UK Retail sales rise

The volume of retail sales was up 0.9% in June. We now know that in the first year post the Brexit vote retail sales increased by 2.9% in volume, confounding pessimistic forecasts. The value of these sales rose by 5.7%, with petrol prices the most buoyant affecting the figures.

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22 Comments

  1. Lifelogic
    Posted July 20, 2017 at 9:39 am | Permalink

    This despite the tax, borrow and piss down the drain agenda of the current government and their total failure to cut red tape, cut the size of the state, tax levels or even to set a remotely positive and uplifting vision. A lefty PM still going on about gender and race pay gaps, HS2 and other total insanities. A chancellor who thinks 15% stamp duty, mugging the self employed, short changing pensioner and ratting on the £1M IHT promise is a great plan.

    Also despite the real threat of a magic money tree, rubber cheque proffering, confiscatory Corbyn government.

    Just imagine how good it could be with a sensible agenda.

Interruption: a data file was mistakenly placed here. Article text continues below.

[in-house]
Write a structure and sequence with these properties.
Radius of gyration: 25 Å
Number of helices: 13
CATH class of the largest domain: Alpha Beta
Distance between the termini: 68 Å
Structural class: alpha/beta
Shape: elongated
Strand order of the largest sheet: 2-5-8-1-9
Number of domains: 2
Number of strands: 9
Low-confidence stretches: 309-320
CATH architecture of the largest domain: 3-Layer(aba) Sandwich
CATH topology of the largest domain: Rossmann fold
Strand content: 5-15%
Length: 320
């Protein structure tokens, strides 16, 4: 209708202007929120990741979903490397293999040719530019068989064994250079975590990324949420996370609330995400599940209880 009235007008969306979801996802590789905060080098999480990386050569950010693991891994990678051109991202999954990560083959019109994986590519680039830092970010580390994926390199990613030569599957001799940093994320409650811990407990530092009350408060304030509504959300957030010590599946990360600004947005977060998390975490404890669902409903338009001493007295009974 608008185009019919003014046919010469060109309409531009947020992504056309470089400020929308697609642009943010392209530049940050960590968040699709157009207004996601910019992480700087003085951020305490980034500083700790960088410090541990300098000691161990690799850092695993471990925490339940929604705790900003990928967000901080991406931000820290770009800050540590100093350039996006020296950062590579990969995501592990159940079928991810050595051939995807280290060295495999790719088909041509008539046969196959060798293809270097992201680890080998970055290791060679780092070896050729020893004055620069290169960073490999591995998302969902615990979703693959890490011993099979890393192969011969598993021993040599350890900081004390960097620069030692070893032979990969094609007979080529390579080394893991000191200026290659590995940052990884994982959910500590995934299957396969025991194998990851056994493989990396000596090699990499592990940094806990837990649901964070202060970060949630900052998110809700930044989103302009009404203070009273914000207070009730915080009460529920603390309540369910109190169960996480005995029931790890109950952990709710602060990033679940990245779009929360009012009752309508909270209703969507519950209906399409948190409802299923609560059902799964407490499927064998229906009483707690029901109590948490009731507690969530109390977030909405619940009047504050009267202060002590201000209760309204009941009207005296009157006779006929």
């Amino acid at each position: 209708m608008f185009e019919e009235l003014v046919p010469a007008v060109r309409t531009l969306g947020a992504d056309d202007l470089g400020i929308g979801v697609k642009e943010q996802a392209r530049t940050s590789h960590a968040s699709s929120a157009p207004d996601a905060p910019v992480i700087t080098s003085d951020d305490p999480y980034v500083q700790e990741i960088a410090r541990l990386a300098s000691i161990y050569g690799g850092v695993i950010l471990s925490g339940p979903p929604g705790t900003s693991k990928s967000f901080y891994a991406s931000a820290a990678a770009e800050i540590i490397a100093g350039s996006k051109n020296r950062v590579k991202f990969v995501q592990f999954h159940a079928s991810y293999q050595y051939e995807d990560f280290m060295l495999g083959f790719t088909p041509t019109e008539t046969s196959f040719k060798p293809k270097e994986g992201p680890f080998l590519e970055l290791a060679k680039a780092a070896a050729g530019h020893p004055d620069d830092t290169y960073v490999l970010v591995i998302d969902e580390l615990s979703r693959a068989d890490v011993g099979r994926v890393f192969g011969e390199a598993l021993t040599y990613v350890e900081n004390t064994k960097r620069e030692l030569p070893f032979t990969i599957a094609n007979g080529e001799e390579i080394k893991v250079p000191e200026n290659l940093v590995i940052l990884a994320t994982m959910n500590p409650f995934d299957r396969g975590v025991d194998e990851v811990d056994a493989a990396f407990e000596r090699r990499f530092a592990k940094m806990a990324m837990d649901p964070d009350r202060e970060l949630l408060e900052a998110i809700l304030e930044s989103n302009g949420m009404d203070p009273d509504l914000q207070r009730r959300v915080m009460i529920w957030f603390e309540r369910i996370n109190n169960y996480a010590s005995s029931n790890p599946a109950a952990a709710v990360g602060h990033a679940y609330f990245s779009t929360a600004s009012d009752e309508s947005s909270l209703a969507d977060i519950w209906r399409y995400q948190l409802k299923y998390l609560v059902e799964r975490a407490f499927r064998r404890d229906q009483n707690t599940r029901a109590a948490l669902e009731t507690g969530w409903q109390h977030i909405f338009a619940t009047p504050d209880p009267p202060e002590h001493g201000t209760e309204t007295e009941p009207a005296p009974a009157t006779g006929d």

• Iain Gill
      Posted July 20, 2017 at 8:27 pm | Permalink

      Throwing money at the public sector is one thing, but delivering such rubbish service for the money is unforgivable. The NHS and schools are simply unacceptable. No matter how much the BBC trys to tell us that they are great we can all see the reality.

  2. Posted July 20, 2017 at 10:16 am | Permalink

    As long as it is not all based on consumer debt it is fantastic news. Lets hope it is tourists going wild.

    Something to really celebrate John.

    However, I fear the worst if you analyse our sectoral balances charts at the BOE. The charts show the non governmental sector is in deficit for the first time since 2005. This is what happens if you keep reducing the government budget deficit.

    Government budget deficit = non government sector surplus ( sterling savings) to the penny.